How IT is Helping the Railroad Industry Improve Efficiency and Service

Railroads are poised for a comeback, thanks to rising fuel prices. IT provides the linchpin for a shipping model that integrates ships, trucks and trains.

There's something nostalgic about railroads. The steel tracks that rim the American landscape. The familiar ding-ding-ding as the crossing arm descends and the freight train passes. The lyrics to "I've Been Working on the Railroad," learned from childhood. The $200 properties on a Monopoly board.

To the layperson, little has changed over the years. Those rust-colored tracks lie fixed in their familiar locations. Drivers sit at a railroad crossing, either cursing their luck or counting cars for fun, the way they always have. Kids still learn the old folk song. And the B&O is a downright bargain for today's Monopoly players.

Even executives in the railroad industry recognize that, in some fundamental ways, freight railroads are untouched by time. "It's still steel wheel on steel rail," says Deb Butler, CIO and executive vice president of planning for Norfolk Southern, a company that's 177 years old.

But a funny thing has happened. As the price of diesel fuel soared and highway congestion increased, new interest sprang up in the old form of transportation. "Shippers had been dubious about rail because it has historically been about moving very large finished goods or commodities in bulk," says David Rutchik, partner with sourcing and supply chain consultancy Pace Harmon.

As big retailers, manufacturers and even trucking companies themselves started scrutinizing their skyrocketing shipping costs, however, railroads began to look more attractive. "It's all about the economic pressure," says Rutchik. Sustainability, too. That old iron horse, chugging along at 49 miles an hour, has suddenly become a "green" option, given its ability to move a ton of freight 423 miles on one gallon of gas.

While it's still only carload materials like coal that make a full cross-country trip by locomotive, more and smaller goods are spending the bulk of their journeys on a freight train. In 2004, intermodal business—the transport of truck trailers or ship containers on a railroad's flat cars—surpassed coal as the largest source of revenue for Class 1 railroads (as categorized by revenue) in the United States, according to the Association of American Railroads (AAR). "It has been our engine of growth," says Tom White, director of editorial services for AAR, thanks to big customers like UPS, truckload carriers like Schneider National and J.B. Hunt, and—to a lesser degree—the less-than-truckload transportation providers, all eager to use their trucks and drivers for short trips and let the railroads handle the rest.

The increased demand has been good news for railroads in the short term. But long-term, experts say, demand for rail service could outstrip supply to such an extent that rail capacity becomes severely strained and rail shippers profoundly dissatisfied. The key to future growth and customer satisfaction—in addition to laying billions of dollars' worth of new track—will be new IT systems and technology-enabled business processes, which ensure that the railroads operate more efficiently and predictably.

Rail carriers, anxious to take advantage of growing interest in their intermodal offerings, are investing in systems to become more flexible, improve on-time performance and increase their virtual capacity. Automated gate systems reduce backups at intermodal hubs, while complex trip-planning systems analyze variables, such as crew and locomotive availability and the weather, in order to reduce bottlenecks on the tracks. The railroads are also updating their tracking systems to provide trailer-level location data and more frequent updates to satisfy a new breed of end customer. Wal-Mart or Kimberly-Clark, for example, wouldn't be satisfied just to know that the train left Seattle on Sunday and is supposed to get to Kansas City on Wednesday.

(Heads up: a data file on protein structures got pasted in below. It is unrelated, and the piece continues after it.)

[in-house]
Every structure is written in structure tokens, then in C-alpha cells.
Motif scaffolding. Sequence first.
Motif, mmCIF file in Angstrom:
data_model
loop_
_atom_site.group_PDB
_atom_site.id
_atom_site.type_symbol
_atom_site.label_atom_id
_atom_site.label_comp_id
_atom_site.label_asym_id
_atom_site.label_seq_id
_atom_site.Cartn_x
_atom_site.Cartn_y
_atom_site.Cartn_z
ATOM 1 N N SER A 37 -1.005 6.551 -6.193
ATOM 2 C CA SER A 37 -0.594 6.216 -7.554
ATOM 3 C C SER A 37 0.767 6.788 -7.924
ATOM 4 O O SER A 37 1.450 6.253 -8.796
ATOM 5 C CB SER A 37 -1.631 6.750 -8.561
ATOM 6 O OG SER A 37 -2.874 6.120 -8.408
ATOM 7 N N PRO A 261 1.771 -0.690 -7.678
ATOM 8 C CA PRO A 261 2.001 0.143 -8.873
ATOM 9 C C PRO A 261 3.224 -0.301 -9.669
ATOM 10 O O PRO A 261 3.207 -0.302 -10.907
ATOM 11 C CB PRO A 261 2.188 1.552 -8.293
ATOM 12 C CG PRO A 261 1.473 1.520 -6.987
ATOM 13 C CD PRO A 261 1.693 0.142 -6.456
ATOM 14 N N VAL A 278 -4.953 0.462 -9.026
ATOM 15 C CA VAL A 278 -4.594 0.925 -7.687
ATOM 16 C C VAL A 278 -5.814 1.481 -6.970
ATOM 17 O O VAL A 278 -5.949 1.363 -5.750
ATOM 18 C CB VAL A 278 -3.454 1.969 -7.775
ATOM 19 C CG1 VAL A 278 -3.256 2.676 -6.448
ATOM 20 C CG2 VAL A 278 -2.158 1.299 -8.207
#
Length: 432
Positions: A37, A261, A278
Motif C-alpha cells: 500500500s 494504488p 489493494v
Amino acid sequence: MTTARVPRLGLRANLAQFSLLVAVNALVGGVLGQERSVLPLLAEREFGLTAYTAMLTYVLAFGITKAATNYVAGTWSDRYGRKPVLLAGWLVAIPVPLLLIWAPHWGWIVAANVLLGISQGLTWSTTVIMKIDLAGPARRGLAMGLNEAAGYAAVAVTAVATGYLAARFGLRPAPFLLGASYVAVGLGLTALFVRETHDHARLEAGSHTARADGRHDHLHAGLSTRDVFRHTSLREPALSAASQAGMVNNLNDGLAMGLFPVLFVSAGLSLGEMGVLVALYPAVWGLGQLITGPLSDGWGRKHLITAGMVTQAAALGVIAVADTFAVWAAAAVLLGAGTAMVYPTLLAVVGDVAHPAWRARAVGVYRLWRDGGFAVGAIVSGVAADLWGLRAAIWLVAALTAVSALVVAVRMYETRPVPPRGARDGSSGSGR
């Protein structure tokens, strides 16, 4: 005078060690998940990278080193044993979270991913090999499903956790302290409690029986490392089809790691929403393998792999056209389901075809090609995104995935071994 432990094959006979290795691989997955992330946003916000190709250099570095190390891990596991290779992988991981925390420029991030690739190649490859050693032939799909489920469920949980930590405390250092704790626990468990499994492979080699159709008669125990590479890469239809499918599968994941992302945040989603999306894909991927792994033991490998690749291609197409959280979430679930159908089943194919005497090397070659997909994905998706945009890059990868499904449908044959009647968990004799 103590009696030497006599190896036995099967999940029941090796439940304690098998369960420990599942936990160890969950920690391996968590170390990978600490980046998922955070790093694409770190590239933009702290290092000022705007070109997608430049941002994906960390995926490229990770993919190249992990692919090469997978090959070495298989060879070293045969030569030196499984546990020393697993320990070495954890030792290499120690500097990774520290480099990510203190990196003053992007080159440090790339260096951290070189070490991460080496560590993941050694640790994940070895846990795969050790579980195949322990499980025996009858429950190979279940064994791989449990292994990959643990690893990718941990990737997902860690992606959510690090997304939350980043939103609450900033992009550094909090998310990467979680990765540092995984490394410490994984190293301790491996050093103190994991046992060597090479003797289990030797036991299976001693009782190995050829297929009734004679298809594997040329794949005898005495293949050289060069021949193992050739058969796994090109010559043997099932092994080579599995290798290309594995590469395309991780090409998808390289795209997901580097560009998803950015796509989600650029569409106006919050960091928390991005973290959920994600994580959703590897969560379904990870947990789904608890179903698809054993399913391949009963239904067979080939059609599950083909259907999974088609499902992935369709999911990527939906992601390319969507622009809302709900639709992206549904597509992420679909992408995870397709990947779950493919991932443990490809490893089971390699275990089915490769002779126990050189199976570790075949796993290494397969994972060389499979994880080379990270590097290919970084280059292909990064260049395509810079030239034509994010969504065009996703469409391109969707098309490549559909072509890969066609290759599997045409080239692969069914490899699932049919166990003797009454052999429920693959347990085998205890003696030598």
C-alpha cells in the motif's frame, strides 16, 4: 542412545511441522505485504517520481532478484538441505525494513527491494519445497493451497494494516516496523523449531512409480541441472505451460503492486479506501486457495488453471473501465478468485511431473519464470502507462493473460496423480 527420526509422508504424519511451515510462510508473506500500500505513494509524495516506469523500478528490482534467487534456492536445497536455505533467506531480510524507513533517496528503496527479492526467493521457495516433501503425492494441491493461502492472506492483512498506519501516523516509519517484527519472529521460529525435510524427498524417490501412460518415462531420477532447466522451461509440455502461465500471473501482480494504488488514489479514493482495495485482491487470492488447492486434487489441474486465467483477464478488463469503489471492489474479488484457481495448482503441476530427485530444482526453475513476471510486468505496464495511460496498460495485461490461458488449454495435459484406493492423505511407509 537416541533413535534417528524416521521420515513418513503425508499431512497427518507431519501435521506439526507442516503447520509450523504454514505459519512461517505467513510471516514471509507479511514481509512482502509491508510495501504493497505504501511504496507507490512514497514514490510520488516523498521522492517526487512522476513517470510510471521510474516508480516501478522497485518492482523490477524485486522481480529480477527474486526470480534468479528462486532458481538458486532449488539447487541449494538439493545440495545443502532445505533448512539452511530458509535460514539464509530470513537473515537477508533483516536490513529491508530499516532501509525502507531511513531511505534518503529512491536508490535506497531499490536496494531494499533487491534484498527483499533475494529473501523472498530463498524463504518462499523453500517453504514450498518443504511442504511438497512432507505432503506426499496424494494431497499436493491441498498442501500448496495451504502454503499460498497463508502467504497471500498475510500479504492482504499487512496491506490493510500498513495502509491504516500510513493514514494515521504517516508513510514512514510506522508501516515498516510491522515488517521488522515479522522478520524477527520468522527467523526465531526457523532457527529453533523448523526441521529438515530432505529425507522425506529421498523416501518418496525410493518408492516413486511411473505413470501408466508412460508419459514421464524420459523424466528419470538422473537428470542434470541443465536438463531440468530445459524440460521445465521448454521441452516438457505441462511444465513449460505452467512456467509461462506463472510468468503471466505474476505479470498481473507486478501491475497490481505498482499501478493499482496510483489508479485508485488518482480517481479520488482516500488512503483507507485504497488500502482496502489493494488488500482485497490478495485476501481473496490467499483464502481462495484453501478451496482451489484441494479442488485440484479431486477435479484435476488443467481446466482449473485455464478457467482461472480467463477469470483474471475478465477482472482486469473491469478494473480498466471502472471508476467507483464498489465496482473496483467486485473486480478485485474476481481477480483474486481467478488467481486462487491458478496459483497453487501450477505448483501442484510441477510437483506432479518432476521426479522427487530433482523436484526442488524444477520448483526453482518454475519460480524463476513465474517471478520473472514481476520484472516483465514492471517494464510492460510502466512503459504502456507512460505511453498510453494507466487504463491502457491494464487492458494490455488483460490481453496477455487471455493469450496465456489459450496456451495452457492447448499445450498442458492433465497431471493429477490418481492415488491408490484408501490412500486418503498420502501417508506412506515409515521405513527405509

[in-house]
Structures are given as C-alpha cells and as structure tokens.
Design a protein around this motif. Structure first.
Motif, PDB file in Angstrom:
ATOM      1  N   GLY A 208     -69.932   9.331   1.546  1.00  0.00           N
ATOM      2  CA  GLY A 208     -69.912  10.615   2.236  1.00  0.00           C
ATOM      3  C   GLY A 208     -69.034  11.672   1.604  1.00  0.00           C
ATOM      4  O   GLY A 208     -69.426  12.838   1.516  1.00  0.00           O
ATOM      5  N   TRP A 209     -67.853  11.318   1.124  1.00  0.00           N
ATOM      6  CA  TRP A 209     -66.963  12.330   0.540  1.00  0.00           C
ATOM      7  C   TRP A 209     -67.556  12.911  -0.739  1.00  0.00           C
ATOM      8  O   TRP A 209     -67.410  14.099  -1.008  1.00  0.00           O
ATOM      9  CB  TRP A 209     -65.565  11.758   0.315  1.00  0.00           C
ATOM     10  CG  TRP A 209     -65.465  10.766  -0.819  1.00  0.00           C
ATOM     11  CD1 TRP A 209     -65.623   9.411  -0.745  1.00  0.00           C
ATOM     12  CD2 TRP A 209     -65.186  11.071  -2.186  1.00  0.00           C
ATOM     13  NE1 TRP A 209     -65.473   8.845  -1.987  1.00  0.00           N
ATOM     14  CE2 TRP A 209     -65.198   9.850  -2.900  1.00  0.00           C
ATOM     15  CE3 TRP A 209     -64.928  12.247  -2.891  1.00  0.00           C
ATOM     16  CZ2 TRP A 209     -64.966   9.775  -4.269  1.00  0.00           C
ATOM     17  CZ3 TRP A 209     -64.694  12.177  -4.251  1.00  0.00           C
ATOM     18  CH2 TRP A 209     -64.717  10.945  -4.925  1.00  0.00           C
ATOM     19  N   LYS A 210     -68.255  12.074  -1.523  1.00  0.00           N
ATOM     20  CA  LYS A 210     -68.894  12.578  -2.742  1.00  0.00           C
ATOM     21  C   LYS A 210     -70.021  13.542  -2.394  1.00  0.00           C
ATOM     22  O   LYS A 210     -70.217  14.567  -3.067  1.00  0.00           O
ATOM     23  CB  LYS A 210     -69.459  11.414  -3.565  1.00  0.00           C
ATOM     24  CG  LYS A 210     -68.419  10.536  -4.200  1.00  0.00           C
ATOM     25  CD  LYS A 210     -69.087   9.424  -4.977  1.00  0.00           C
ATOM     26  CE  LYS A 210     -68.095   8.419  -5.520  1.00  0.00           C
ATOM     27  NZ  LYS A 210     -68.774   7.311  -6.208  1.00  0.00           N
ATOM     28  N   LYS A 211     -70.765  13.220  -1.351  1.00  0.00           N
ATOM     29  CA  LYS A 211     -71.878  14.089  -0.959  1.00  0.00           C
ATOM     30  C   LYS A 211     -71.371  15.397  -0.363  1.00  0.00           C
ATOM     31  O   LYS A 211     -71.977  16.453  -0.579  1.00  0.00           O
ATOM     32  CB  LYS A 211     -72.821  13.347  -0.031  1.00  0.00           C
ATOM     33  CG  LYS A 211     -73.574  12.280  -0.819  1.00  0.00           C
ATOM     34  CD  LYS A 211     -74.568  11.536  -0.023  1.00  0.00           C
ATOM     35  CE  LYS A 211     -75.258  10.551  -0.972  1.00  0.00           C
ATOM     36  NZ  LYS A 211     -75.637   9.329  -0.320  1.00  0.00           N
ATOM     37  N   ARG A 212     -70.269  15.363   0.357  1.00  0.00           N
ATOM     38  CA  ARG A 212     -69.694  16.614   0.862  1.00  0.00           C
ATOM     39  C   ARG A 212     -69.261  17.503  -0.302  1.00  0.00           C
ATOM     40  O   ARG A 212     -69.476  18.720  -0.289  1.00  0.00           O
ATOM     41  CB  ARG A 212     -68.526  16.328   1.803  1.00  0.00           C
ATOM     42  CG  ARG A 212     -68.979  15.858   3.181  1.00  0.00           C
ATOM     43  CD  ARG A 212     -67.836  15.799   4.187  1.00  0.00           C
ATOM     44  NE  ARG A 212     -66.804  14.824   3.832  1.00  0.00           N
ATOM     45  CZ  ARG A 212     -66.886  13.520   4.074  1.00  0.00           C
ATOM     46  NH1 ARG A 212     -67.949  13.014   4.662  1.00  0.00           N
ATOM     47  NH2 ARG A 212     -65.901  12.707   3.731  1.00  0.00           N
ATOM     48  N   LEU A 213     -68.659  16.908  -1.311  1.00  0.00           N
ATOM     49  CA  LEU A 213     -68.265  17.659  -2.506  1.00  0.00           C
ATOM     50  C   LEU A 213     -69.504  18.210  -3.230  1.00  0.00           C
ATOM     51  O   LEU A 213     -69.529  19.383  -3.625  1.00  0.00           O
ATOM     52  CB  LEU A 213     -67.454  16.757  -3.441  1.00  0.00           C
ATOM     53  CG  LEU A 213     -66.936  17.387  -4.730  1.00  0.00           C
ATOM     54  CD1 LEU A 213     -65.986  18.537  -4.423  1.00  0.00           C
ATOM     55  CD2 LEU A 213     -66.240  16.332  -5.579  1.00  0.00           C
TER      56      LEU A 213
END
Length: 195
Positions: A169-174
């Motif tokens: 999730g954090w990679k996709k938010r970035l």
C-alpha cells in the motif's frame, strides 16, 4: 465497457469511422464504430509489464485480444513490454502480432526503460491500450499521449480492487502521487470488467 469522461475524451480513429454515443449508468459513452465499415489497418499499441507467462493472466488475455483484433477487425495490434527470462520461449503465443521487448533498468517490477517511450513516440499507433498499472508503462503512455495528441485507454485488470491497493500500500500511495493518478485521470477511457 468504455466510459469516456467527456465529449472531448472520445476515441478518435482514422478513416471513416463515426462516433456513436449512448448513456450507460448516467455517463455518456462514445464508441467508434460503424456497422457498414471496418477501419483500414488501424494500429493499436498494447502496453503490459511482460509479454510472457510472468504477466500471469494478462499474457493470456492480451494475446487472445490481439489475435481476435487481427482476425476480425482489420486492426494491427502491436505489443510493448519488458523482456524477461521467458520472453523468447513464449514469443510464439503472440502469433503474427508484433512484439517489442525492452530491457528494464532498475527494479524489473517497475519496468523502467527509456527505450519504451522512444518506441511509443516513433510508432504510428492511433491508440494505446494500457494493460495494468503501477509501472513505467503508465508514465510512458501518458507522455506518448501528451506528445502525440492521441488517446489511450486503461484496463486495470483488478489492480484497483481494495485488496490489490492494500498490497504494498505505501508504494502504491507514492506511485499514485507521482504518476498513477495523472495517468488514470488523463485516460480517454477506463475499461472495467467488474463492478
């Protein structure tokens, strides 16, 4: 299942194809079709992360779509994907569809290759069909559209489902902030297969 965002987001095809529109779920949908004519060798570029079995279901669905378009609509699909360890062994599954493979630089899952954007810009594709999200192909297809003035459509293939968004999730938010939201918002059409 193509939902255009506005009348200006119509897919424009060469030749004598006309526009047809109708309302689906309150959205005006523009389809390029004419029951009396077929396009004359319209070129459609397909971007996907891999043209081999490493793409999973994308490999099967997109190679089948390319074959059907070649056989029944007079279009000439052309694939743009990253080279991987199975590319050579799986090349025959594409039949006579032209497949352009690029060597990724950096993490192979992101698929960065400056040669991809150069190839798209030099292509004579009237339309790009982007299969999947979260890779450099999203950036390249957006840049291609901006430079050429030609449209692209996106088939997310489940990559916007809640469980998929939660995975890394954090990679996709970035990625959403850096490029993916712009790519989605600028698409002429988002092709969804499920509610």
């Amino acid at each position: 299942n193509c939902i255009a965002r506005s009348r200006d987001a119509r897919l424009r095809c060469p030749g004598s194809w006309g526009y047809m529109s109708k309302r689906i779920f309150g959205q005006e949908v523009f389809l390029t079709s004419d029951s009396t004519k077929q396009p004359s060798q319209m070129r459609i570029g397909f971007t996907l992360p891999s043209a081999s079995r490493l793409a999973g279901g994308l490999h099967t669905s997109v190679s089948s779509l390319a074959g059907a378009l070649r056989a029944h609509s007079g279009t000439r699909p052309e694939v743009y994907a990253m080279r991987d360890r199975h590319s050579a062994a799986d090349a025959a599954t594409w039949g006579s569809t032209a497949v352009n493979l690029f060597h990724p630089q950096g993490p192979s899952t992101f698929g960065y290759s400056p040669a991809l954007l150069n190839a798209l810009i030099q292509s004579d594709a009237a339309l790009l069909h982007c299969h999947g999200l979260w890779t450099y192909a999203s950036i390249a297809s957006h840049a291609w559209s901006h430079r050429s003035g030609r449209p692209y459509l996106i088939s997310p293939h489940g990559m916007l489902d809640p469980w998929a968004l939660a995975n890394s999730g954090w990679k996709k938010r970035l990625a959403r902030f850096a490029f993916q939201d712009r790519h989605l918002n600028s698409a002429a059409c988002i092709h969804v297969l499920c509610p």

"The key to growth, service levels and getting the most capacity out of the railroad is using information and technology," says Butler. The question waiting around the bend is whether that will be enough.

Using Less Diesel

Fuel-optimization systems help engineers operate trains more efficiently

Although railroads are the most fuel-efficient form of surface transportation, they're hurt by rising diesel prices. Fuel costs at Burlington Northern Santa Fe (BNSF) have risen from $1 billion in 2003 to $1 billion per quarter in 2008. And that means bigger fuel surcharges for customers. (Railroad and trucking companies have been sued by their customers for allegedly colluding to fix fuel surcharges, a charge companies in the transportation industry deny.)

Investing in more fuel-efficient locomotives helps curb diesel costs, but that goes only so far. So rail carriers, just like their diesel-devouring brethren in the trucking industry, employ fuel-optimization systems to control costs.

In 2006, Norfolk Southern began installing its Locomotive Engineer Assist Display and Event Recorder (Leader) on its entire fleet. Developed in partnership with New York Air Brake, the system calculates the optimum speed at which to operate the train, depending on the topography and curvature of the track, the train's length and weight and other conditions. "It's rare in our territory that you're operating a train over a straight path," says Deb Butler, Norfolk Southern's executive vice president for planning and CIO.

The system has been integrated into Norfolk Southern's Optimized Train Control system, developed in-house, which utilizes data communications, positioning systems and onboard computers tied to a train's braking systems to enforce speed and operating limits automatically.

Last year, BNSF rolled out its Fuel MVP Program to encourage engineers to use fuel-efficient train-handling practices. The company had a scorecard to track each engineer's performance, but IT automated the process using the railroad's network of 37 wireless base stations. The base stations gather information from passing trains' onboard computers and then transfer it to BNSF's enterprise data warehouse. After normalizing the data for mitigating factors (Was the train going uphill? Were the cars empty?) BNSF calculates each run's fuel efficiency and displays the information online.